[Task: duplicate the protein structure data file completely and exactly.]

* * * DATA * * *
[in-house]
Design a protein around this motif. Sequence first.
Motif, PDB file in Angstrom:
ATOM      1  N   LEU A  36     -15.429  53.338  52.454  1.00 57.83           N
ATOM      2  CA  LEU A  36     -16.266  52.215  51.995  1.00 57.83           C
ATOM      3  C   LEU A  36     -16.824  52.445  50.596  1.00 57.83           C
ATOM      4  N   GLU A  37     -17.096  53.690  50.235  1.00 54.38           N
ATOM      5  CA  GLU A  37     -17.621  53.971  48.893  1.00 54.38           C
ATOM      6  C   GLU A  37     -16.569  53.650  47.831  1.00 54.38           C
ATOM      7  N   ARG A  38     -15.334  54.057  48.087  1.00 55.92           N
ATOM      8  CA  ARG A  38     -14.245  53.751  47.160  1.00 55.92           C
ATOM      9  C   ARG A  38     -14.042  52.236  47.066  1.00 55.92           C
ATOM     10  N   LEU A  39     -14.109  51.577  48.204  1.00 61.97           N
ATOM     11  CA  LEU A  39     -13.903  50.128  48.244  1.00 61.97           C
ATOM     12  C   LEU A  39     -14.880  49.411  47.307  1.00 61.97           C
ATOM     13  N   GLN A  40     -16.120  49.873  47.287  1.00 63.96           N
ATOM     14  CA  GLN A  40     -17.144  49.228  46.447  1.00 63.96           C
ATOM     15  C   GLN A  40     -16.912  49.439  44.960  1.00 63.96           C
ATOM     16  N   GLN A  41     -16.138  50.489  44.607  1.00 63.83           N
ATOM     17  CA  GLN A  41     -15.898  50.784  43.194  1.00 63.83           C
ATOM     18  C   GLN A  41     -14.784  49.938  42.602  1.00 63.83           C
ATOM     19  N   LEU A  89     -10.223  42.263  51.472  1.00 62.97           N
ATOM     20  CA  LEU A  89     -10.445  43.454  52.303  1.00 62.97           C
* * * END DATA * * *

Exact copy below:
[in-house]
Design a protein around this motif. Sequence first.
Motif, PDB file in Angstrom:
ATOM      1  N   LEU A  36     -15.429  53.338  52.454  1.00 57.83           N
ATOM      2  CA  LEU A  36     -16.266  52.215  51.995  1.00 57.83           C
ATOM      3  C   LEU A  36     -16.824  52.445  50.596  1.00 57.83           C
ATOM      4  N   GLU A  37     -17.096  53.690  50.235  1.00 54.38           N
ATOM      5  CA  GLU A  37     -17.621  53.971  48.893  1.00 54.38           C
ATOM      6  C   GLU A  37     -16.569  53.650  47.831  1.00 54.38           C
ATOM      7  N   ARG A  38     -15.334  54.057  48.087  1.00 55.92           N
ATOM      8  CA  ARG A  38     -14.245  53.751  47.160  1.00 55.92           C
ATOM      9  C   ARG A  38     -14.042  52.236  47.066  1.00 55.92           C
ATOM     10  N   LEU A  39     -14.109  51.577  48.204  1.00 61.97           N
ATOM     11  CA  LEU A  39     -13.903  50.128  48.244  1.00 61.97           C
ATOM     12  C   LEU A  39     -14.880  49.411  47.307  1.00 61.97           C
ATOM     13  N   GLN A  40     -16.120  49.873  47.287  1.00 63.96           N
ATOM     14  CA  GLN A  40     -17.144  49.228  46.447  1.00 63.96           C
ATOM     15  C   GLN A  40     -16.912  49.439  44.960  1.00 63.96           C
ATOM     16  N   GLN A  41     -16.138  50.489  44.607  1.00 63.83           N
ATOM     17  CA  GLN A  41     -15.898  50.784  43.194  1.00 63.83           C
ATOM     18  C   GLN A  41     -14.784  49.938  42.602  1.00 63.83           C
ATOM     19  N   LEU A  89     -10.223  42.263  51.472  1.00 62.97           N
ATOM     20  CA  LEU A  89     -10.445  43.454  52.303  1.00 62.97           C